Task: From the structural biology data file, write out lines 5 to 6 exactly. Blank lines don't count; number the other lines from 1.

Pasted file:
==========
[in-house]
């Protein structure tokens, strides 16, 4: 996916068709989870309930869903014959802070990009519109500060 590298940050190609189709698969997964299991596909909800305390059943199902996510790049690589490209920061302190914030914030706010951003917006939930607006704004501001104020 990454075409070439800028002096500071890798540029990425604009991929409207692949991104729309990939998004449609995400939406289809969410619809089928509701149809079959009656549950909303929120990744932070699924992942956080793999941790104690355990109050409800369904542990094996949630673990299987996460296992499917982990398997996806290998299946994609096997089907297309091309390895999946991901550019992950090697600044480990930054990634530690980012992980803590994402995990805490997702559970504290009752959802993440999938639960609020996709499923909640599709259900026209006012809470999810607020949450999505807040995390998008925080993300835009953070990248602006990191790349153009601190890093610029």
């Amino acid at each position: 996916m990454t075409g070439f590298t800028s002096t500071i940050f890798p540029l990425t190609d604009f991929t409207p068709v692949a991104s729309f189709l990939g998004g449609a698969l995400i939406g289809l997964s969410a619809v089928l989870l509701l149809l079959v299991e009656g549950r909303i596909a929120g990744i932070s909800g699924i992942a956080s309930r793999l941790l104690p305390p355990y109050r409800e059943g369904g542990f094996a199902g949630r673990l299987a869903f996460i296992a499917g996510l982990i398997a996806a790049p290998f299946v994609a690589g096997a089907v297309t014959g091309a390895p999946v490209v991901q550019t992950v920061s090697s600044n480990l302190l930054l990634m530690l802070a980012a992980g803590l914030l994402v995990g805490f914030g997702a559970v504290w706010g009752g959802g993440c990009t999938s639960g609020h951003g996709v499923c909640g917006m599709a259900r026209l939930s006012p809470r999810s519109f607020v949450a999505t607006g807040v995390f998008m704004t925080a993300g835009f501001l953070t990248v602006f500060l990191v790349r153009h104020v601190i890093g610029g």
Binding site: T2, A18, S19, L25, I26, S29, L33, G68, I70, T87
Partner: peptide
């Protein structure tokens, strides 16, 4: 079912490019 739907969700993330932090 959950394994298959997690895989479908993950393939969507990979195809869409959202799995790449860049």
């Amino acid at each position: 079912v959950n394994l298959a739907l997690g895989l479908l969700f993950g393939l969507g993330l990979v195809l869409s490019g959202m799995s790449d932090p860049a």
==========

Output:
Partner: peptide
């Protein structure tokens, strides 16, 4: 079912490019 739907969700993330932090 959950394994298959997690895989479908993950393939969507990979195809869409959202799995790449860049």